21.08.2017 | Nagoya University

nachricht Scientists from the MSU studied new liquid-crystalline photochrom
21.08.2017 | Lomonosov Moscow State University

All articles from Materials Sciences >>>

The most recent press releases about innovation >>>

Die letzten 5 Focus-News des innovations-reports im Überblick:

Im Focus: Fizzy soda water could be key to clean manufacture of flat wonder material: Graphene

Whether you call it effervescent, fizzy, or sparkling, carbonated water is making a comeback as a beverage. Aside from quenching thirst, researchers at the University of Illinois at Urbana-Champaign have discovered a new use for these "bubbly" concoctions that will have major impact on the manufacturer of the world's thinnest, flattest, and one most useful materials -- graphene.

As graphene's popularity grows as an advanced "wonder" material, the speed and quality at which it can be manufactured will be paramount. With that in mind,...

Im Focus: Exotic quantum states made from light: Physicists create optical “wells” for a super-photon

Physicists at the University of Bonn have managed to create optical hollows and more complex patterns into which the light of a Bose-Einstein condensate flows. The creation of such highly low-loss structures for light is a prerequisite for complex light circuits, such as for quantum information processing for a new generation of computers. The researchers are now presenting their results in the journal Nature Photonics.

Light particles (photons) occur as tiny, indivisible portions. Many thousands of these light portions can be merged to form a single super-photon if they are...

Im Focus: Circular RNA linked to brain function

For the first time, scientists have shown that circular RNA is linked to brain function. When a RNA molecule called Cdr1as was deleted from the genome of mice, the animals had problems filtering out unnecessary information – like patients suffering from neuropsychiatric disorders.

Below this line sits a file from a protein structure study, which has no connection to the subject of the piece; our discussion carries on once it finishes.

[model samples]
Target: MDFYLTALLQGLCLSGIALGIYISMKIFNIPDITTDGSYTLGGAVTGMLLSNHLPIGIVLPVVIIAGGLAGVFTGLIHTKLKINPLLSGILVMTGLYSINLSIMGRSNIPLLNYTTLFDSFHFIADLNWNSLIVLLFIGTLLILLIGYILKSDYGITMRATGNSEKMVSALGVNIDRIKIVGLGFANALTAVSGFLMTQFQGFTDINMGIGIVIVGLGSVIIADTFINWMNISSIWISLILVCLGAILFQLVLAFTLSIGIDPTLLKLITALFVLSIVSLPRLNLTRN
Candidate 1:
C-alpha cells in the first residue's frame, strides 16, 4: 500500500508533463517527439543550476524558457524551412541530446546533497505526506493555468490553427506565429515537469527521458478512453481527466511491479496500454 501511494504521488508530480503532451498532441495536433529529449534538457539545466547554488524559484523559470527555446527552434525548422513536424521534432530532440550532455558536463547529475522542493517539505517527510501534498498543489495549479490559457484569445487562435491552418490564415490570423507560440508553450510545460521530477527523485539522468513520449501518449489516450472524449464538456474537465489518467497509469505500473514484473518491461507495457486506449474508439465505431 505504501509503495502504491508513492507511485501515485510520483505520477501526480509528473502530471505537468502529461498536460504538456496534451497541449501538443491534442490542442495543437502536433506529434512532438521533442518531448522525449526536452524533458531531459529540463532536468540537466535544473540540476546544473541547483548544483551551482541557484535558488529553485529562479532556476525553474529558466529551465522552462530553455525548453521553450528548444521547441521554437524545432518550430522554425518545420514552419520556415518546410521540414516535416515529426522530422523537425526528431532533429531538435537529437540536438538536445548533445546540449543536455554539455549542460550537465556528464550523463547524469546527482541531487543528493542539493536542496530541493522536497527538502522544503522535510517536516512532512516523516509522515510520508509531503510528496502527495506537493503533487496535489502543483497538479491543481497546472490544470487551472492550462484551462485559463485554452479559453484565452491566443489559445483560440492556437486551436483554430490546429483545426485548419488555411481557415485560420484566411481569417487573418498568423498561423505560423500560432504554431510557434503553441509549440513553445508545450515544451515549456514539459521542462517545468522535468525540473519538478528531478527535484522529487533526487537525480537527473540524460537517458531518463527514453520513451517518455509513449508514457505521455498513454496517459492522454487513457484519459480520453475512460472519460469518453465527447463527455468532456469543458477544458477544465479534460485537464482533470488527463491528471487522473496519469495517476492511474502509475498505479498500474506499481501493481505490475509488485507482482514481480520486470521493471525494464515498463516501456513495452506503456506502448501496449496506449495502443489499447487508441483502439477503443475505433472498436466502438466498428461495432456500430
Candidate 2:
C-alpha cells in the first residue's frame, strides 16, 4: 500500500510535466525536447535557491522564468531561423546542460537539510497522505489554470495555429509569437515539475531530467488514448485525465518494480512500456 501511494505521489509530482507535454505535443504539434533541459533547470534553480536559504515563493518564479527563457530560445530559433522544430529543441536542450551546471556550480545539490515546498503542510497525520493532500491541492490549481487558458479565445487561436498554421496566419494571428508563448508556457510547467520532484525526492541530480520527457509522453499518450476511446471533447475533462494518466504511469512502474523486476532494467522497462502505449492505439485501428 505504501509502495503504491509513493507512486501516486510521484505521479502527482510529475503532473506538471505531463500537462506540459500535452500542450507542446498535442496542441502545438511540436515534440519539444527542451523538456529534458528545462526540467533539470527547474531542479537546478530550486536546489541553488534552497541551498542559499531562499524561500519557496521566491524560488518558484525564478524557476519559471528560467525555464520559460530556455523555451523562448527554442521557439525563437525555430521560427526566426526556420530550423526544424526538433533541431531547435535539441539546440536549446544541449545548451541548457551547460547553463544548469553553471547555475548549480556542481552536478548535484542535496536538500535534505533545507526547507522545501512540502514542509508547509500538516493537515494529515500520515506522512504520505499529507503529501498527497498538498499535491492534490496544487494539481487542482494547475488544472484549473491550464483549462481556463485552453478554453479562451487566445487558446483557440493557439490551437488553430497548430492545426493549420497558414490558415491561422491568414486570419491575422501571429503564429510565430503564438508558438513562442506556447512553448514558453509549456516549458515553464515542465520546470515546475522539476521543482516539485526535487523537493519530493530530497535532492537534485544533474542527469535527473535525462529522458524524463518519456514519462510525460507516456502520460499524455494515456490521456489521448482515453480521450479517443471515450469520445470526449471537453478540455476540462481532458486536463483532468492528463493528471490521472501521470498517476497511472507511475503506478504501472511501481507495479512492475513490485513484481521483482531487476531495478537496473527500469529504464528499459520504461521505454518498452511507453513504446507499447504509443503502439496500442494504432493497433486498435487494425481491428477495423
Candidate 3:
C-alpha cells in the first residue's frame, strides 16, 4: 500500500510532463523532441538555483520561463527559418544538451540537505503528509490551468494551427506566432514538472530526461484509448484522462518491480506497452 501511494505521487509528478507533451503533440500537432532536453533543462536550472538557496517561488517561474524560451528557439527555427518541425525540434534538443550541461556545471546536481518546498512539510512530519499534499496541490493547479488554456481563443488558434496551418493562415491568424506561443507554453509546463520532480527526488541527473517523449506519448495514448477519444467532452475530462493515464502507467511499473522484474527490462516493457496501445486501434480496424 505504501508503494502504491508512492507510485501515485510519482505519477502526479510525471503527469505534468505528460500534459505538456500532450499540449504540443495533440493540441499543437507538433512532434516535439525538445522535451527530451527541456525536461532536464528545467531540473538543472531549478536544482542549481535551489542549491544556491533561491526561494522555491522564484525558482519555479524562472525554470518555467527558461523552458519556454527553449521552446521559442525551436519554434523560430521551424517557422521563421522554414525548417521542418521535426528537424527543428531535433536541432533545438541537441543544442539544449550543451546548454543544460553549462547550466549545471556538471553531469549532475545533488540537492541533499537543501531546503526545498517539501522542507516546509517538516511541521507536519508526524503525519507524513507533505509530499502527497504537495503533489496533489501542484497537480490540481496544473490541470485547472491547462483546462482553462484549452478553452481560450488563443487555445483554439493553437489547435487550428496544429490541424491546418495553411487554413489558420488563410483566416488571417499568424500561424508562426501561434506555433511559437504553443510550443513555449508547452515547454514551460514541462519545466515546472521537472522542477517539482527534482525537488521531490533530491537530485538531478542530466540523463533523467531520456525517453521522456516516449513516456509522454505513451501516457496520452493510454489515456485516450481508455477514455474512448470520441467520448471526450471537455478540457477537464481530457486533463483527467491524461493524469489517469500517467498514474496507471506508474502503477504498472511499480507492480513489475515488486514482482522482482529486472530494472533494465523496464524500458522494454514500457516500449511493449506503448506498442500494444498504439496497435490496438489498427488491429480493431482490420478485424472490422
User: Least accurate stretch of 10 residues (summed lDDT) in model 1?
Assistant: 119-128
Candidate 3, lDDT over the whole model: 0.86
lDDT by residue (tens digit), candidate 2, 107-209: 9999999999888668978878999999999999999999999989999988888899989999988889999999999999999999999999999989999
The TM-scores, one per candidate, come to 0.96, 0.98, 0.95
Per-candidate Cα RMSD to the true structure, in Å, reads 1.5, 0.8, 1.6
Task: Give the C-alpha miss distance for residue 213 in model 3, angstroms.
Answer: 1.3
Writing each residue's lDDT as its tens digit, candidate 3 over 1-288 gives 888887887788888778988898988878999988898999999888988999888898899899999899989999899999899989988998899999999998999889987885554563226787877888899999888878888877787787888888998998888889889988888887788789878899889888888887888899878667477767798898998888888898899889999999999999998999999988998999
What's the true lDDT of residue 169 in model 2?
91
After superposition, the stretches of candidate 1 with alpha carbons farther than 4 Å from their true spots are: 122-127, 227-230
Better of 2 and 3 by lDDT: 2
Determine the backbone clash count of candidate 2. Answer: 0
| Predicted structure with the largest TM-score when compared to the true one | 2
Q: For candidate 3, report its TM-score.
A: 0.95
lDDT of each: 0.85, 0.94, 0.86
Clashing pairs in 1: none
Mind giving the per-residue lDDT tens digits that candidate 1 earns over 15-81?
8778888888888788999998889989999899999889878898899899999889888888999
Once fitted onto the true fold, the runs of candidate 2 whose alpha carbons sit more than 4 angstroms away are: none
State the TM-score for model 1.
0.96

While hundreds of circular RNAs (circRNAs) are abundant in mammalian brains, one big question has remained unanswered: What are they actually good for? In the...

Im Focus: RAVAN CubeSat measures Earth's outgoing energy

An experimental small satellite has successfully collected and delivered data on a key measurement for predicting changes in Earth's climate.

The Radiometer Assessment using Vertically Aligned Nanotubes (RAVAN) CubeSat was launched into low-Earth orbit on Nov. 11, 2016, in order to test new...

Im Focus: Scientists shine new light on the “other high temperature superconductor”

A study led by scientists of the Max Planck Institute for the Structure and Dynamics of Matter (MPSD) at the Center for Free-Electron Laser Science in Hamburg presents evidence of the coexistence of superconductivity and “charge-density-waves” in compounds of the poorly-studied family of bismuthates. This observation opens up new perspectives for a deeper understanding of the phenomenon of high-temperature superconductivity, a topic which is at the core of condensed matter research since more than 30 years. The paper by Nicoletti et al has been published in the PNAS.

Since the beginning of the 20th century, superconductivity had been observed in some metals at temperatures only a few degrees above the absolute zero (minus...

All Focus news of the innovation-report >>>

Anzeige

Anzeige

Event News

Call for Papers – ICNFT 2018, 5th International Conference on New Forming Technology

16.08.2017 | Event News

Sustainability is the business model of tomorrow

04.08.2017 | Event News

Clash of Realities 2017: Registration now open. International Conference at TH Köln

26.07.2017 | Event News

 
Latest News

Nagoya physicists resolve long-standing mystery of structure-less transition

21.08.2017 | Materials Sciences

Chronic stress induces fatal organ dysfunctions via a new neural circuit

21.08.2017 | Health and Medicine

Scientists from the MSU studied new liquid-crystalline photochrom

21.08.2017 | Materials Sciences

VideoLinks
B2B-VideoLinks
More VideoLinks >>>